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The Comfort Blanket That Is Mobile: When A Citroen Van Smacked Into My Range Rover On The M40 Motorway

I was rushing into London the other day for one of the Windows Phone launch events. Normally I’d take the train but the car made a lot more sense given I had my camera equipment with me.

I should explain that I drive a Range Rover. With the exception of a summer zooming around the London Docklands in my brother’s Ford Ka, I have always driven a Range Rover. I like the driving position, I like the road presence, I like the comfort. Although I’m a careful driver (they don’t call me safety dad for nothing) I am well aware of the legions of idiots who populate Britain’s roads.

Generally speaking, most people recognise the bulk of the Range Rover long before you need them to. Most people adjust their driving plans accordingly. For example, the Range Rover is one of the only vehicles on the road beyond large lorries and vans that London’s taxi drivers voluntarily give way to. It’s rare to be cut up by an arse in a fast car too. They won’t want to be damaged.


Let’s get to the crash

There was a traffic jam ahead as the M40 split to allow traffic on to the M25. I continued into London on the M40 and came to a halt behind a queue of traffic on the left lane, next to the hard shoulder.

All was good until I looked in the mirror.

I saw a smallish Citroen van approaching in the distance.

I could only see part of the shoulders of the driver. The rest of his head and shoulders was hidden because he was reaching for something on the floor.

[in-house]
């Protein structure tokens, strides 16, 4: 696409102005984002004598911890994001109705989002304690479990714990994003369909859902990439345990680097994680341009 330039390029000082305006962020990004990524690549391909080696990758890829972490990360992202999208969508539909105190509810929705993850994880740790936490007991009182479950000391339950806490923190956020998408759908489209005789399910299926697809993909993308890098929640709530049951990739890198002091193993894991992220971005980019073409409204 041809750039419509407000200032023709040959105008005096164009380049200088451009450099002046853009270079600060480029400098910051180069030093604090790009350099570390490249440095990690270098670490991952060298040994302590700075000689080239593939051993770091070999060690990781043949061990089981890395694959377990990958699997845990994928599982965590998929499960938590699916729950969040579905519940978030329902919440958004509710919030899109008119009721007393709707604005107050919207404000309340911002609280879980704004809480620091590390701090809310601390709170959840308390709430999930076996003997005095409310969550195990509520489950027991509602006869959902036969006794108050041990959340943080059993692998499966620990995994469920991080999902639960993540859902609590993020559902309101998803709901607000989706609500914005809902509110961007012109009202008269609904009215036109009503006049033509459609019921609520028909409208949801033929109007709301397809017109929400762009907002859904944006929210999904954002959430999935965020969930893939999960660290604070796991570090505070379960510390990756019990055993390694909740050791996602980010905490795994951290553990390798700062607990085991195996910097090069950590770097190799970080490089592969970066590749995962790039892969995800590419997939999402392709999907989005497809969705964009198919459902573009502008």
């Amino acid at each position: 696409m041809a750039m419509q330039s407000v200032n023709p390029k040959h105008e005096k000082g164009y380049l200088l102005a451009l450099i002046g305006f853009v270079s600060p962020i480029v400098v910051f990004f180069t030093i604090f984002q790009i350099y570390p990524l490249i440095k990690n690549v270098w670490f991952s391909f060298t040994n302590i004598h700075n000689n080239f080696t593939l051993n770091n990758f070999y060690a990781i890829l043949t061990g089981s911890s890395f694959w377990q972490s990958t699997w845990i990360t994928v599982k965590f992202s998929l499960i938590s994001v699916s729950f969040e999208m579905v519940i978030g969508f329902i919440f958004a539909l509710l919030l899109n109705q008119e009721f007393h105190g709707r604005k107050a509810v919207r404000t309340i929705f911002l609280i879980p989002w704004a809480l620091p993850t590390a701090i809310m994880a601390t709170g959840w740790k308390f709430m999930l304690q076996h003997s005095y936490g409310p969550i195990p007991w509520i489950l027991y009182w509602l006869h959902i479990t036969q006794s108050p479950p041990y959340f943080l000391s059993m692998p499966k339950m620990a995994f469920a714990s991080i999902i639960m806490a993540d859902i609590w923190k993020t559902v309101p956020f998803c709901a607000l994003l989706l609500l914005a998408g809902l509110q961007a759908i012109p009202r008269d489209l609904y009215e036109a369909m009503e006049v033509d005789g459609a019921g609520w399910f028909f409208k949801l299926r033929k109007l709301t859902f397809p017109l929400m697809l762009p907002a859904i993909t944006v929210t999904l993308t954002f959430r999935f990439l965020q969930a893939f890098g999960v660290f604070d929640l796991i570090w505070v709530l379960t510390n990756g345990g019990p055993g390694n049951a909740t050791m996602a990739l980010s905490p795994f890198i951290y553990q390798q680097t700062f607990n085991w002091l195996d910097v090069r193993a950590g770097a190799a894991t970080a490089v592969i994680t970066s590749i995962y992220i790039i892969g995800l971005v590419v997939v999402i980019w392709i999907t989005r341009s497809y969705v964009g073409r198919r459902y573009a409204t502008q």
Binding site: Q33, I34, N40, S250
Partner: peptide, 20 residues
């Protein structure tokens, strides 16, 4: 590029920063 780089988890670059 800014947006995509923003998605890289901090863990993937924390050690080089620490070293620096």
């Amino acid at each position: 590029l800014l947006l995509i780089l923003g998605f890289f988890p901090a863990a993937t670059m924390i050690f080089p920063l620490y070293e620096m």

I watched as he drew nearer.

And then I thought, shit… he’s going to hit me.


I watched as his van sped into the back of my car. His van hit with an almighty bang. I did the involuntary whiplash dance. In my rear mirror, I saw the van driver instantly pop his head and shoulders back up in alarm. I don’t think he’d found the pen he had been looking for.

I estimate he hit me at about 25-30 miles per hour. He hadn’t been looking at the front of the road for some time so the large smack came as a shock to him.

He put his hands over his face. I silently cursed. I was obviously going to be late for this launch. Both of us pulled over to the hard shoulder. I got out to inspect the damage.

As I rounded the back of the Range Rover I saw the total devastation of the Van’s entire front area. It was completely crumpled. Hardly any radiator left. At least a foot or so had crumpled away. The number-plate was hanging on by a single screw, the engine was exposed and some parts of it were also hanging off, or pushed back, damaged.

I turned to my Range Rover.

And I had to stifle a laugh. There was a small nick on the bumper’s paintwork. This is why I drive a Range Rover. If I’d been in any other car, I’d have been seriously shaken and the damage would have been particularly acute. (By the way, loads of people have been saying that’s not a van in the picture above… I know! I didn’t want to publish the actual pictures of the crash so I found that one online!)

The Mobile Comfort Blanket

The chap apologised immediately. He explained it wasn’t his van — he was working for the guy who owned it. He wrote his contact details on a piece of paper. I gave him a business card. But whilst he was writing down his details, I walked back to the car and got my phone. Now, I typically carry the following devices:

  • BlackBerry Torch/Bold
  • iPhone 4
  • iPad
  • BlackBerry Curve

Which one did I reach for in this situation?

Well, the first thing I thought I should do was to record the scene.